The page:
In practical terms, a worker may have suffered a tear of the tendon in the left shoulder which requires surgery. Often the worker will overuse their right shoulder to compensate for their lack of strength and motion in their left shoulder. As a result, they may develop a further injury to their left shoulder. If the assessment of their injury and subsequent determination of their entitlement occurs too early to capture the secondary, or sequel, injury then they may not be able to claim their full lump sum entitlements.

Ensuring that all injuries are the subject of assessment and determination by Return to Work SA is important for the purposes of determining a persons whole person impairment and this also has a significant impact on lump sum compensation under the Act.

Psychological Injuries – Guide To The Evaluation of Psychiatric Impairment for Clinicians (GEPIC)

Psychological injuries are treated as separate and distinct from physical injuries, and as such require a different system of assessment. GEPIC is the relevant assessment criteria for psychological illnesses under the Return to Work Act.

In order to be assessed under the GEPIC model and the legislation you will need to be seeking treatment from a psychologist and have a diagnosable psychiatric injury. The system of assessment is complex and provides the expert with discretion to base their assessment of your permanent impairment as a result of your ongoing psychological symptoms on a range of evidence (e.g. their consult with you and your medical records).

The assessing psychologist will take into account a broad range of factors when assessing you including the way that your condition alters your thinking, mood, judgment, perception behavior and intelligence.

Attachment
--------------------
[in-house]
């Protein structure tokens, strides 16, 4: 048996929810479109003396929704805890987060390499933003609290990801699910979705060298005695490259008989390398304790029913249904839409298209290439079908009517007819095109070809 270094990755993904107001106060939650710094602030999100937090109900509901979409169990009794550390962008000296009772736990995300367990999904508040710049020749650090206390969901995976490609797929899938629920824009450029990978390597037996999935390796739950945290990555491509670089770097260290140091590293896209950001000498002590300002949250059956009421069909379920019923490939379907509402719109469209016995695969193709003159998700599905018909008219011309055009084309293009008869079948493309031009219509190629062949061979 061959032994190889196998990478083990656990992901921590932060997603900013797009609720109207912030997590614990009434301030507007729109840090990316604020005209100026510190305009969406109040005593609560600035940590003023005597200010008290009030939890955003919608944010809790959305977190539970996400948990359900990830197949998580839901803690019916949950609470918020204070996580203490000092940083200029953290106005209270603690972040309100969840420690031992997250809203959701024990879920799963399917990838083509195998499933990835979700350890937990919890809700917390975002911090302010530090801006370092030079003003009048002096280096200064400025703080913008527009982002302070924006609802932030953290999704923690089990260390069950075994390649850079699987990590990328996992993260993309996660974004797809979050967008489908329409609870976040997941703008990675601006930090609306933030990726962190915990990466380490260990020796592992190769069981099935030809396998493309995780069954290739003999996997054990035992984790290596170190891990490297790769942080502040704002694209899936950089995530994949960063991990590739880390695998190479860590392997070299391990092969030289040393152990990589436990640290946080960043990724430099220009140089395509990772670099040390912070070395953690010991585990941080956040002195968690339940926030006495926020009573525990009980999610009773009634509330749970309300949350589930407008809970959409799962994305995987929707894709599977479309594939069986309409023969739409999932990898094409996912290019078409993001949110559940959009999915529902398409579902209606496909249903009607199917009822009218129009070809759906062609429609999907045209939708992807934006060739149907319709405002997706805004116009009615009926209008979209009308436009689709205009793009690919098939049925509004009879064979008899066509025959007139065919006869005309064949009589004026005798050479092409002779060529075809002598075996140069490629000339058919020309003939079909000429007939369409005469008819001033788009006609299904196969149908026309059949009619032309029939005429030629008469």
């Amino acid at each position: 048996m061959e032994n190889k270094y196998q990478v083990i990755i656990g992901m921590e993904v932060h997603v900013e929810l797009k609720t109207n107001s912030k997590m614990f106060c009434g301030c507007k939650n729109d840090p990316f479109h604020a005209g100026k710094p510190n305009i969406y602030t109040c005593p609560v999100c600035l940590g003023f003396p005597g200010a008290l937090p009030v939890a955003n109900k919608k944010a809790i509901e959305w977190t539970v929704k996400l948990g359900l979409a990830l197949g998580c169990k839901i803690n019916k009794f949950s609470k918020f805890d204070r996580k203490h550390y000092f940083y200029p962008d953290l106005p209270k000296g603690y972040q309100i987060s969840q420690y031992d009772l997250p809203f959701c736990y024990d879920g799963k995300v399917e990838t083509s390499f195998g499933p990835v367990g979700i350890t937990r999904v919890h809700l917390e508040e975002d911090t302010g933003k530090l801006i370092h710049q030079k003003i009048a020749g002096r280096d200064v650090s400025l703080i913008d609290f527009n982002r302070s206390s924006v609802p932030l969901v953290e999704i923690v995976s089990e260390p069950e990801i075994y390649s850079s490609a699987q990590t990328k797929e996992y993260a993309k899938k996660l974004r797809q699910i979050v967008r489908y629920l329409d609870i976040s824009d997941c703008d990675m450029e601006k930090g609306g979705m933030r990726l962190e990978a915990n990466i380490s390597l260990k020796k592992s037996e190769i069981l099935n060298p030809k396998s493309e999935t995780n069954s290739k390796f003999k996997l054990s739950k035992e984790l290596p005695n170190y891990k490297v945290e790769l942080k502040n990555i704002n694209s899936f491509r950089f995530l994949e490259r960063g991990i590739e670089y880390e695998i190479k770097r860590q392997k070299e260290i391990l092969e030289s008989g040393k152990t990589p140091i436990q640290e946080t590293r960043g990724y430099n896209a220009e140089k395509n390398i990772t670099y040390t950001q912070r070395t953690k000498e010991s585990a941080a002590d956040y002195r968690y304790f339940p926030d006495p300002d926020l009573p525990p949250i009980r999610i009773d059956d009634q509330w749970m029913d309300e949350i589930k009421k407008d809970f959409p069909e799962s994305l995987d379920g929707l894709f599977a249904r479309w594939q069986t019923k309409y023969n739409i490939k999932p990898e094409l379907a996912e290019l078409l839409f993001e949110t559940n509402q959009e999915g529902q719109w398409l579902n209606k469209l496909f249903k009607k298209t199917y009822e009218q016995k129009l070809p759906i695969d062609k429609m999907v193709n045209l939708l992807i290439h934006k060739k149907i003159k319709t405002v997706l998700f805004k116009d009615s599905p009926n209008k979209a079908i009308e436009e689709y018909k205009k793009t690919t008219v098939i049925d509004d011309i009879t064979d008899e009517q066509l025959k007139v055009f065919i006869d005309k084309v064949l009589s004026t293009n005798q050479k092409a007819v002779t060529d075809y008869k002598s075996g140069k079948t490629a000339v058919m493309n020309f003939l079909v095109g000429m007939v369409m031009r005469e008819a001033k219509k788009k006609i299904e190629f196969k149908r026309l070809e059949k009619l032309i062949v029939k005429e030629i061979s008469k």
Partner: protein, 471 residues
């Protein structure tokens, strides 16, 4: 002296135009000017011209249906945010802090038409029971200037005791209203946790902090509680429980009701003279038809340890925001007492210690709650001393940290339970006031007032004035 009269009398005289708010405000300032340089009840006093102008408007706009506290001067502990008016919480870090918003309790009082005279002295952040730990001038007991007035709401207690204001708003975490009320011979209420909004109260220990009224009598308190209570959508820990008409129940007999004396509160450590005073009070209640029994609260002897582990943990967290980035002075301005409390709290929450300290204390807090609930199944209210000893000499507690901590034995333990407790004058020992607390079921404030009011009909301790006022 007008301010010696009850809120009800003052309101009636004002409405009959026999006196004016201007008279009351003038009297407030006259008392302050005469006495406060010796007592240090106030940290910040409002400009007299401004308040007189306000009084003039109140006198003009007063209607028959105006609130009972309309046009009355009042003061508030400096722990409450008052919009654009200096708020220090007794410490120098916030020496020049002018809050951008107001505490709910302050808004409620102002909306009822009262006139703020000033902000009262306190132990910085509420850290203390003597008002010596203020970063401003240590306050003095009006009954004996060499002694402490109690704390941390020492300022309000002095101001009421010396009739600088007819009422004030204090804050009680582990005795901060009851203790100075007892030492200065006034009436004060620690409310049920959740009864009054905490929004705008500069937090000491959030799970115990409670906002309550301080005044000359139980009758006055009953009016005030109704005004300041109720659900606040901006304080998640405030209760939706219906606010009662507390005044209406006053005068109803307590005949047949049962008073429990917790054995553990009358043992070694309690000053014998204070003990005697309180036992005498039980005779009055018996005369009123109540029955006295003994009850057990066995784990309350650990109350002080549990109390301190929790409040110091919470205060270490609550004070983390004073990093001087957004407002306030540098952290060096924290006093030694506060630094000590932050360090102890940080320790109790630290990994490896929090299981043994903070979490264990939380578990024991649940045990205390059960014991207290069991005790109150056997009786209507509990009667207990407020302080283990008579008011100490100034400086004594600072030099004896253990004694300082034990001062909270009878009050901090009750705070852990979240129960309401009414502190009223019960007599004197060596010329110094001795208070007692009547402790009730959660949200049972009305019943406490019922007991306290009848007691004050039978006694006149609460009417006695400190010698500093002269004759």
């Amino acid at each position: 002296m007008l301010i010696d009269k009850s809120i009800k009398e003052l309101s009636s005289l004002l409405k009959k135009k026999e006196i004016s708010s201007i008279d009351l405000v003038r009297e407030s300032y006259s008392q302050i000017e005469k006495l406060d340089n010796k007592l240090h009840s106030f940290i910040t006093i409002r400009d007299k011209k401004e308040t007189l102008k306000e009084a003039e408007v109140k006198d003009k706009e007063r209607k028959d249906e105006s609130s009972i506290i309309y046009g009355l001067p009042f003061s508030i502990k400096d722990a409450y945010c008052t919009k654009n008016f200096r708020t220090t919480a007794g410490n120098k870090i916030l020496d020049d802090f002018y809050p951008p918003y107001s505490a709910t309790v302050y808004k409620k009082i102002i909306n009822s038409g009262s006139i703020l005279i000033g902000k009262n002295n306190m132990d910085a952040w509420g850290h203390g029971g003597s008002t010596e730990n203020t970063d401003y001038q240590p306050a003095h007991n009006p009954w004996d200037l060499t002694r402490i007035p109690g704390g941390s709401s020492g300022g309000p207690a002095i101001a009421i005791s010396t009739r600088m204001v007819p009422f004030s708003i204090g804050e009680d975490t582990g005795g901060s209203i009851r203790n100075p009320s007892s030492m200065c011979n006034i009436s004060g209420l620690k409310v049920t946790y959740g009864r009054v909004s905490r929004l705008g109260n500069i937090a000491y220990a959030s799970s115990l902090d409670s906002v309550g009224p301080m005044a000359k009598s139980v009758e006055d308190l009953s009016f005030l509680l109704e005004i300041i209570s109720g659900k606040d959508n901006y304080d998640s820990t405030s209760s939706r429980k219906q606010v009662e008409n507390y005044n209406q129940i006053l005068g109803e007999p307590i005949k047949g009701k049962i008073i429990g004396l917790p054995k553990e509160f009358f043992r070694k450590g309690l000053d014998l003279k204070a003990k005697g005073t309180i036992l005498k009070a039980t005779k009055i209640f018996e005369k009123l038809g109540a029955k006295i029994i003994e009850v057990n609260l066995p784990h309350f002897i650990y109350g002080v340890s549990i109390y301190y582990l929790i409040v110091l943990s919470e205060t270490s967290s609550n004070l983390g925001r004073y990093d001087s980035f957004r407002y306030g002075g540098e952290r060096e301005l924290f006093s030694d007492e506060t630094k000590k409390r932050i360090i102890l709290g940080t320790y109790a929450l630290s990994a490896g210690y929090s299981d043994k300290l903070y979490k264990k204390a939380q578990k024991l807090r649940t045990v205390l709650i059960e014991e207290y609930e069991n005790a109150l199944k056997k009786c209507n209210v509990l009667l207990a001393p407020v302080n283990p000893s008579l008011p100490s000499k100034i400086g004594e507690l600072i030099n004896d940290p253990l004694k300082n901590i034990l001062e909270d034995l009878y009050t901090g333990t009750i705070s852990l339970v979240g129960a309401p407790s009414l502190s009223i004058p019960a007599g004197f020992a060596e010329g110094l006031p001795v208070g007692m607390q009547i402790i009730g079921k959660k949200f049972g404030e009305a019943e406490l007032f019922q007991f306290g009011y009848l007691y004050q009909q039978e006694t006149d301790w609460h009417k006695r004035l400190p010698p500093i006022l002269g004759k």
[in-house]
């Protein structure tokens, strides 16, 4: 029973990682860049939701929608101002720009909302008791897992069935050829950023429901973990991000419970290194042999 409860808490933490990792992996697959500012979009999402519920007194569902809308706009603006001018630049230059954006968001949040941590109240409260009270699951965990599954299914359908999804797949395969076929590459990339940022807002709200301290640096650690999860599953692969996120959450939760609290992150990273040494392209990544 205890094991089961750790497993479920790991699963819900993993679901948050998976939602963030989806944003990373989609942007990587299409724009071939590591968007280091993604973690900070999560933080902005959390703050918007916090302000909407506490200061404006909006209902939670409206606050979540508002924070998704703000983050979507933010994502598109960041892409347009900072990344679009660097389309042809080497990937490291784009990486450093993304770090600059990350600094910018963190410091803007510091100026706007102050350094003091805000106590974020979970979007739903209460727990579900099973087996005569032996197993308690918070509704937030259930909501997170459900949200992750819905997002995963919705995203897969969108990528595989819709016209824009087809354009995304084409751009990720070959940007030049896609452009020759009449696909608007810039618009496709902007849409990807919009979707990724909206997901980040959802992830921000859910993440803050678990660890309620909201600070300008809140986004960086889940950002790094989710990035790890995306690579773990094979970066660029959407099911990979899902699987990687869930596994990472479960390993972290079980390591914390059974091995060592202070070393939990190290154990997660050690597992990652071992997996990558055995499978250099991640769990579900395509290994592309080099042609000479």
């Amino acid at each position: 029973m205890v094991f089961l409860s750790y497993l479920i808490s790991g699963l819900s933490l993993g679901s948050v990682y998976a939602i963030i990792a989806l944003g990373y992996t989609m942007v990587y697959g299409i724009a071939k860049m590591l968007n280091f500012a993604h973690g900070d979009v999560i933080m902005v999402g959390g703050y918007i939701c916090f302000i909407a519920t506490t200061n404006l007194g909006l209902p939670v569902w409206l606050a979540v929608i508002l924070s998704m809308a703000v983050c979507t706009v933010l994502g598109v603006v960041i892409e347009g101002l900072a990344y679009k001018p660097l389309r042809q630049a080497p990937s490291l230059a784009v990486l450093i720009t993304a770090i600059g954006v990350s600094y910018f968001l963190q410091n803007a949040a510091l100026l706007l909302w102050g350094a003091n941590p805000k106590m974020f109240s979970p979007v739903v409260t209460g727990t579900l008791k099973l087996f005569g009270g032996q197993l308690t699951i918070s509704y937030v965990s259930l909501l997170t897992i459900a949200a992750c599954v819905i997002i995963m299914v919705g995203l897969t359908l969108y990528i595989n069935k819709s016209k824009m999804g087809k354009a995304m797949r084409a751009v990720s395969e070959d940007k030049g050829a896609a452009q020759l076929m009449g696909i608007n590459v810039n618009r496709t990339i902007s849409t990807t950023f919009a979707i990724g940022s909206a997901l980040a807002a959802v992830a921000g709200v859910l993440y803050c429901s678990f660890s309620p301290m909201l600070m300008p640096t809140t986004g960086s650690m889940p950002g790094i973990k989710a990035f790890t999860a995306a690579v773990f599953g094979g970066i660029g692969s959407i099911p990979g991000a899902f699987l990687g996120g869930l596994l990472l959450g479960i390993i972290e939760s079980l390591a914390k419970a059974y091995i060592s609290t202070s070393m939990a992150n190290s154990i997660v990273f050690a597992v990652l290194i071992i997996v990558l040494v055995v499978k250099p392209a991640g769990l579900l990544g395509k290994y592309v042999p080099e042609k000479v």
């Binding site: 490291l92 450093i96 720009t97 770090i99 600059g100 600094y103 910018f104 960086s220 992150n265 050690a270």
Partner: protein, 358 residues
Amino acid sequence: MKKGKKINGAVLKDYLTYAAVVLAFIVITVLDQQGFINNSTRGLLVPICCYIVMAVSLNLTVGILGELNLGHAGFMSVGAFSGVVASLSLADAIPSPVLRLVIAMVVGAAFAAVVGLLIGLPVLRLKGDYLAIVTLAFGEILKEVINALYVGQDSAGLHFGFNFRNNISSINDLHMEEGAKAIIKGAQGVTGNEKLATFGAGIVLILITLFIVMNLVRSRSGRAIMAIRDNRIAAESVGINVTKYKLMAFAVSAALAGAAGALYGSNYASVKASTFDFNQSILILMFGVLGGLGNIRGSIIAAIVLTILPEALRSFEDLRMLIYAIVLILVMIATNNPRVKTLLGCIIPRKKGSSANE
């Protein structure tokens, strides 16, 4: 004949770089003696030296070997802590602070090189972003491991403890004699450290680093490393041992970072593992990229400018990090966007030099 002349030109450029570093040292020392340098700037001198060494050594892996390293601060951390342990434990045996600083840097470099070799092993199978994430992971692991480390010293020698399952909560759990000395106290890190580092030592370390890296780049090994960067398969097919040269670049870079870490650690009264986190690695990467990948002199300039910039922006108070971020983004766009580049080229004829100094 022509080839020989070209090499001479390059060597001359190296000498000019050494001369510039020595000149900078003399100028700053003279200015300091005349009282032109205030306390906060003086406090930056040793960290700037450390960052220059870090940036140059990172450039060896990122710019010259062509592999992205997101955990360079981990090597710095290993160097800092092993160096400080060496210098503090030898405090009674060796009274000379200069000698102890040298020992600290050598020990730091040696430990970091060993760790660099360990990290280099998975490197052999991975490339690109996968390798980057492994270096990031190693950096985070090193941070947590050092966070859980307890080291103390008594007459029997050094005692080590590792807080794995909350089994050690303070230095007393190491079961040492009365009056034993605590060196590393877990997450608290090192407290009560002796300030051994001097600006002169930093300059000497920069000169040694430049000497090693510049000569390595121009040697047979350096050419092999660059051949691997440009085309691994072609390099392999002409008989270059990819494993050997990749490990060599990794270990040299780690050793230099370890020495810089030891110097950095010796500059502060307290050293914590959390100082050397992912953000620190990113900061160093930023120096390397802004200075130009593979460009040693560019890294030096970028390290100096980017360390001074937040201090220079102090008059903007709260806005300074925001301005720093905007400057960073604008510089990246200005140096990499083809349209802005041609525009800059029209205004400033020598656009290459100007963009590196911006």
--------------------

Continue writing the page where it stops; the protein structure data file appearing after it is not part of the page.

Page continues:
So that your condition can be properly identified, treated and diagnosed you should consult your treatment providers to ensure you are obtaining the proper treatment.

Your Assessment

When you are being assessed for permanent impairment it will usually be for the purposes of determining your entitlement to lump sum compensation. This assessment is often also used to determine whether you are a seriously injured worker. As such, it is important to note that a specific procedure applies when undergoing your assessment and that the worker is able to choose the expert who assesses them.

This is an important step because some practitioners may be better suited to assessing your injuries, whether they are physical, psychological or both (which is often the case). Identifying your injuries, choosing the right expert (or experts) and managing the process to make sure your assessments occur at the right time in your recovery is the most important step in determining your ongoing entitlements.

You should seek legal representation to help you through this process so that we can use our expertise and knowledge of the worker’s compensation system and experts available to ensure you get the best result possible.

If you have a serious injury but do not meet the threshold for a “seriously injured” worker you should contact us to determine whether you may be able to access benefits under your superannuation policy such as ongoing income protection payments or a lump sum Total and Permanent Disablement or Terminal Illness Benefit to ensure that you can manage your financial affairs and treatment expenses during your recovery.

If you have a claim for worker’s compensation and require specific advice regarding the nature of your entitlements under the Return to Work Act then you should contact Turner Freeman Lawyers (SA) on (08) 8213 1000 to obtain specialist legal advice specific to your work related injury.